On Jeju Island, a small paradise off the southwest coast of South Korea, protests have occurred on a near daily basis for almost three years.
Although somewhat unusual for an island known for its popularity as a tourist destination for honeymooners, a segment of local residents, joined by domestic and transnational activists, remain staunchly opposed to the construction of a South Korean naval base on an “island of peace.”
Most South Koreans have dismissed these concerns as either a classic not-in-my-backyard type protest or a politically motivated agenda driven by leftist activists and opposition party members. An August 2011 piece in The Diplomat about the Jeju base, for instance, dismissed opponents’ concerns about the purpose of the naval base and its ties to broader U.S. military objectives in the region. As farfetched as activists may seem in their protests, however, their concerns are worth considering amid the worsening strategic environment in Northeast Asia.
The South Korean government began discussion about a potential naval base on Jeju Island in the 1990s, and during the Roh Moo-hyun administration (2003-2008) the base was approved as a way for the ROK military to transform itself into a more self-reliant defense force – that is, one less dependent on the United States.
Currently, the base remains consistent with South Korea’s future plans to modernize its military by building a blue-water navy by 2020.
The base also helps secure South Korean national interests amid China’s growing maritime ambitions. Given South Korea’s reliance on exports and imports, the vast majority of which are transported by sea, South Korea cannot afford to have its sea lanes disrupted. And, contrary to claims by some opponents of the Jeju base, the base is not a de facto U.S. base but unequivocally a South Korean one.
Where opponents are on more solid ground, however, is in drawing a link between the base and U.S. strategic interests in Asia. Although the U.S. military must first make a request and have it accepted by the South Korean government, it is reasonable to assume that the U.S. Navy will eventually gain access to the base. After all, the emerging U.S. force posture in the region is aimed at securing access to allied bases rather than committing to any large-scale, permanent ones. And, given the importance of the U.S.-ROK alliance to South Korea, there is no reason to believe that Seoul would reject a request for port access.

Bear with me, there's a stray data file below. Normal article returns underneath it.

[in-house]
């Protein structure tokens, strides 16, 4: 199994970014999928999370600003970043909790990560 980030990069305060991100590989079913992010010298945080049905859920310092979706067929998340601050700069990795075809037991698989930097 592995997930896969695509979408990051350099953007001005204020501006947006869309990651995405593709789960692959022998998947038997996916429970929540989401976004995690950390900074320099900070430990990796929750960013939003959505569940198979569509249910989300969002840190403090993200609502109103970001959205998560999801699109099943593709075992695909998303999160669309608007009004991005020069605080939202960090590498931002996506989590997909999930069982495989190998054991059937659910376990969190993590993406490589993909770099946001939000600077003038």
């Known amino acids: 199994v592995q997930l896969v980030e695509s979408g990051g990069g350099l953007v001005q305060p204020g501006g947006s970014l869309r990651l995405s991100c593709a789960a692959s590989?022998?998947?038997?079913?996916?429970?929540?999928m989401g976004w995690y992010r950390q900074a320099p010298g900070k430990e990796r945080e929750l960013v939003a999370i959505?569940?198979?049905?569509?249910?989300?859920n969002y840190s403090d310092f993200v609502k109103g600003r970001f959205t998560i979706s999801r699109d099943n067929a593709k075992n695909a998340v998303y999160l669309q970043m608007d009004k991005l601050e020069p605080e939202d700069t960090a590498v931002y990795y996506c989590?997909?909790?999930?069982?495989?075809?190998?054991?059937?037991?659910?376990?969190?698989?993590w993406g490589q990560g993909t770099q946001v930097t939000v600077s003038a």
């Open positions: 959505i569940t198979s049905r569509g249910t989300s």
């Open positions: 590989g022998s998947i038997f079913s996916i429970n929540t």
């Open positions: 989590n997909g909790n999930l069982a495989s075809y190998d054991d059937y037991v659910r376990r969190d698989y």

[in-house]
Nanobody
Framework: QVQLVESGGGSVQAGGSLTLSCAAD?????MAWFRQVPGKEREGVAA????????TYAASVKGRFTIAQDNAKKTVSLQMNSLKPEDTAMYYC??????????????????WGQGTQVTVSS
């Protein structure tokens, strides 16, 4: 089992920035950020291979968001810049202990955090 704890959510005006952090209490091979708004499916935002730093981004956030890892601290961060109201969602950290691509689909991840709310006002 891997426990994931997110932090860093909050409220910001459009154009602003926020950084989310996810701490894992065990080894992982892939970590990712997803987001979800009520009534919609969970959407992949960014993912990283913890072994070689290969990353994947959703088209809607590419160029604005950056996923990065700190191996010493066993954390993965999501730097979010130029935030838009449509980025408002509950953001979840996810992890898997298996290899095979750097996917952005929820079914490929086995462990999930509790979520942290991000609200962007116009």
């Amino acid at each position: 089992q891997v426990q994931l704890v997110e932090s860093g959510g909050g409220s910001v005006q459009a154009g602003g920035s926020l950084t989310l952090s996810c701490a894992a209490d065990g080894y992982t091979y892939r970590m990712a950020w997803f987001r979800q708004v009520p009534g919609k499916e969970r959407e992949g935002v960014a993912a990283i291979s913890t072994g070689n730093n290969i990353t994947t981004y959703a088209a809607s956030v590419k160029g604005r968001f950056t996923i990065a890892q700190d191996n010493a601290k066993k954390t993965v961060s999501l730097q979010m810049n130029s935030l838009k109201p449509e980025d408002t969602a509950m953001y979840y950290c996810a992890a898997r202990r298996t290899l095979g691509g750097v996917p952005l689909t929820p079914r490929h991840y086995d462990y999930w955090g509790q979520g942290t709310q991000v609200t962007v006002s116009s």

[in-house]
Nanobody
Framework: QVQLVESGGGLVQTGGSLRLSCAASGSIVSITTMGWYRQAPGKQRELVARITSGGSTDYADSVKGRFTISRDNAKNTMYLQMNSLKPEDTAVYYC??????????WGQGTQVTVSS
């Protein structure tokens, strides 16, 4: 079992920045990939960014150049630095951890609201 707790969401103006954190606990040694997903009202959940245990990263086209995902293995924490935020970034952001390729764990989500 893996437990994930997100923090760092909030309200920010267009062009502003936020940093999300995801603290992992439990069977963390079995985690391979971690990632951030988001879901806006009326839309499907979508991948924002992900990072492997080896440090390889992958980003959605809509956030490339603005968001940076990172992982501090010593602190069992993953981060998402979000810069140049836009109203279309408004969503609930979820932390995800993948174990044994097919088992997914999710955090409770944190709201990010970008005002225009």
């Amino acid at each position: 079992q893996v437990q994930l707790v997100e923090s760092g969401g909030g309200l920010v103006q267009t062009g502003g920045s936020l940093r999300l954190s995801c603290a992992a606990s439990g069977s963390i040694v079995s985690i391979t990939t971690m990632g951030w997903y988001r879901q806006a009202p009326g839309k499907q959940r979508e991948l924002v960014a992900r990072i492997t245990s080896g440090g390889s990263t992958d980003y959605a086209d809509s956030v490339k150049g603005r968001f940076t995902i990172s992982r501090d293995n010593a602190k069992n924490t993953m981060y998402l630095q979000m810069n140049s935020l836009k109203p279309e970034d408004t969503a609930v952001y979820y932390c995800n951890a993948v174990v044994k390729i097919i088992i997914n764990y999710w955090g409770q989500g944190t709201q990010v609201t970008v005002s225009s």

This is what makes the base so potentially destabilizing for its detractors as they believe that giving the U.S. access to the base will provoke China. Of course, South Korea does not want to antagonize China, or see tensions rise between Beijing and Washington. Unfortunately, state behavior in international relations is often driven by (mis) perceptions. In this particular case, Chinese perceptions of the U.S.-ROK alliance are what worry peace activists. They fear that the Jeju base will trigger a regional naval arms race.
Protests or no protests, construction of the Jeju Naval base is in full swing and quickly becoming a reality. The conflict scenarios which concern activists are often built on worst case scenarios and tend to fall on the alarmist side.
Nevertheless, as base construction proceeds, policymakers should consider some of the broader geostrategic implications of the base. Although China has registered any major objections to the base as of yet, mid-level bureaucrats have referenced base construction in relation to the China-ROK territorial dispute over the Socotra Rocks.
South Korean policymakers therefore need to reassure China that the base exists solely for defensive purposes, and tread carefully if it chooses to negotiate basing access rights with the United States. Beyond enhanced South Korean diplomacy, Beijing, Seoul, and Washington may want to include the Jeju base in future trilateral dialogues. As long time peace activist Joseph Gerson argues, the aim is to seek “common security” among East Asian actors rather than pursue “zero-sum resolutions to the region's conflicts.”